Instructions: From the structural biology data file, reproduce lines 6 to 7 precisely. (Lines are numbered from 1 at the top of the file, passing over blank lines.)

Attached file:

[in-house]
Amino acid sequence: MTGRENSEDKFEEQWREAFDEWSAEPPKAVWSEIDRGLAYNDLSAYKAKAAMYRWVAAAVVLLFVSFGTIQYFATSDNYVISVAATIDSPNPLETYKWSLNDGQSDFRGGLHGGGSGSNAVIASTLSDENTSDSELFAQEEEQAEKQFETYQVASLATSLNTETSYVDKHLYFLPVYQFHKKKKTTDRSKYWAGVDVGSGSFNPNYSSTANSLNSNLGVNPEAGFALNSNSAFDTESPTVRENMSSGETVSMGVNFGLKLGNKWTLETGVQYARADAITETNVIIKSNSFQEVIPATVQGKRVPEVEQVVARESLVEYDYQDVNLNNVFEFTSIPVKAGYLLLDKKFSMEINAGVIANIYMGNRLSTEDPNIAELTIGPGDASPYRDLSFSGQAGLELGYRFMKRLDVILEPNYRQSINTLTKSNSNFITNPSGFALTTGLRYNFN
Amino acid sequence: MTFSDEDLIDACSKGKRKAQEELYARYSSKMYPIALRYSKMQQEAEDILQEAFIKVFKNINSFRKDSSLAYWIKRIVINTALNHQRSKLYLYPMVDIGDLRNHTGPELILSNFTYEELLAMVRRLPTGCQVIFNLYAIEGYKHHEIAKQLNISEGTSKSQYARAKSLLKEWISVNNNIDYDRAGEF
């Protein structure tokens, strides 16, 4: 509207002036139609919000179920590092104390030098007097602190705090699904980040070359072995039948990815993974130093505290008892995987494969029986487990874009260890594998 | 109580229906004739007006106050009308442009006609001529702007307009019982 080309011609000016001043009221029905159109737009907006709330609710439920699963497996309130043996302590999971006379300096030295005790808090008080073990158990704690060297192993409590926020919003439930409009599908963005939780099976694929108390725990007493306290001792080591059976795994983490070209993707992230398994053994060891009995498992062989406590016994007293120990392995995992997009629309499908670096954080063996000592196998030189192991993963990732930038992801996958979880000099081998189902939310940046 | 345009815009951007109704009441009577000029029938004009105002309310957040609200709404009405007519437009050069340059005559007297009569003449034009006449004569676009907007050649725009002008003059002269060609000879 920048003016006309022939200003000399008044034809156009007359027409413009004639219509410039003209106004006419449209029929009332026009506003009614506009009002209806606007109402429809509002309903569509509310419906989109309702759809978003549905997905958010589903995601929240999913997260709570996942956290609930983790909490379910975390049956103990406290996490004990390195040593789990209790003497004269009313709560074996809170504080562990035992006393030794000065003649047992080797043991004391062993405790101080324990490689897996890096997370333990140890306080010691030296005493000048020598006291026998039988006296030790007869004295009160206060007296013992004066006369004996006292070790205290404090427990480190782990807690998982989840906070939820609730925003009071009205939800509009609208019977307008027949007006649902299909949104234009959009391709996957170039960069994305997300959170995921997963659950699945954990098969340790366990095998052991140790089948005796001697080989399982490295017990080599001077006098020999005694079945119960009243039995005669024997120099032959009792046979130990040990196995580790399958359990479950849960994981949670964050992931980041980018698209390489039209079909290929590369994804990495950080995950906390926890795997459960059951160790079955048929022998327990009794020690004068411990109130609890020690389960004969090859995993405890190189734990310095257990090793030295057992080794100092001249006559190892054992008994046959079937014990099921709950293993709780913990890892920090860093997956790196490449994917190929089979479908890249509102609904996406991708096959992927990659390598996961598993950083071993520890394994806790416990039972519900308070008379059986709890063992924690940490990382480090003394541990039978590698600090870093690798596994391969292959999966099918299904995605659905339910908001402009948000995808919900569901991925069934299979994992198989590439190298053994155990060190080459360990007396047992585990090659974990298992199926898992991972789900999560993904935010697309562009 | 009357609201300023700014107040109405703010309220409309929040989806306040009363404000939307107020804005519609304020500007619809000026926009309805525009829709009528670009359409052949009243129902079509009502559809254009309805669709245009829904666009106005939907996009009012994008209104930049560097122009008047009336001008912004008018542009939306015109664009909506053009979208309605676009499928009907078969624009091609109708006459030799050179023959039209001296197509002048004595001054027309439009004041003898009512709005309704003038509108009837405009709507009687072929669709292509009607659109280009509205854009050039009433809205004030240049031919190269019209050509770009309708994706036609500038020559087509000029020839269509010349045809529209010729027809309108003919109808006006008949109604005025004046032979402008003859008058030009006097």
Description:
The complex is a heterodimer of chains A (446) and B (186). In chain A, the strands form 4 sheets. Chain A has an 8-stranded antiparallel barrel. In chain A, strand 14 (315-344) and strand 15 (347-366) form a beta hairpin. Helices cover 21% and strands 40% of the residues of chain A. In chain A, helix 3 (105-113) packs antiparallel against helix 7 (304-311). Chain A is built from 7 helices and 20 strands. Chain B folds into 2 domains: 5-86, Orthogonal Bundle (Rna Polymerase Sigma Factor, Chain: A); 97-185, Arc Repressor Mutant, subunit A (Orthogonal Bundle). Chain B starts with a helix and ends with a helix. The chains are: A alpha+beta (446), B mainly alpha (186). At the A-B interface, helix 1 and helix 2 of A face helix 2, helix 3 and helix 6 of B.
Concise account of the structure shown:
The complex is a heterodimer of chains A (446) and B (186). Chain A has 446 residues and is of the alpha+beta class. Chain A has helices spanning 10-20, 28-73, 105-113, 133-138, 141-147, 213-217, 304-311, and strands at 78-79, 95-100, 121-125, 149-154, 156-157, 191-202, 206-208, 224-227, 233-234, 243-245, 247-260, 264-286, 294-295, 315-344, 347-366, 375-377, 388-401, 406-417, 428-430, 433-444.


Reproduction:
The complex is a heterodimer of chains A (446) and B (186). In chain A, the strands form 4 sheets. Chain A has an 8-stranded antiparallel barrel. In chain A, strand 14 (315-344) and strand 15 (347-366) form a beta hairpin. Helices cover 21% and strands 40% of the residues of chain A. In chain A, helix 3 (105-113) packs antiparallel against helix 7 (304-311). Chain A is built from 7 helices and 20 strands. Chain B folds into 2 domains: 5-86, Orthogonal Bundle (Rna Polymerase Sigma Factor, Chain: A); 97-185, Arc Repressor Mutant, subunit A (Orthogonal Bundle). Chain B starts with a helix and ends with a helix. The chains are: A alpha+beta (446), B mainly alpha (186). At the A-B interface, helix 1 and helix 2 of A face helix 2, helix 3 and helix 6 of B.
Concise account of the structure shown: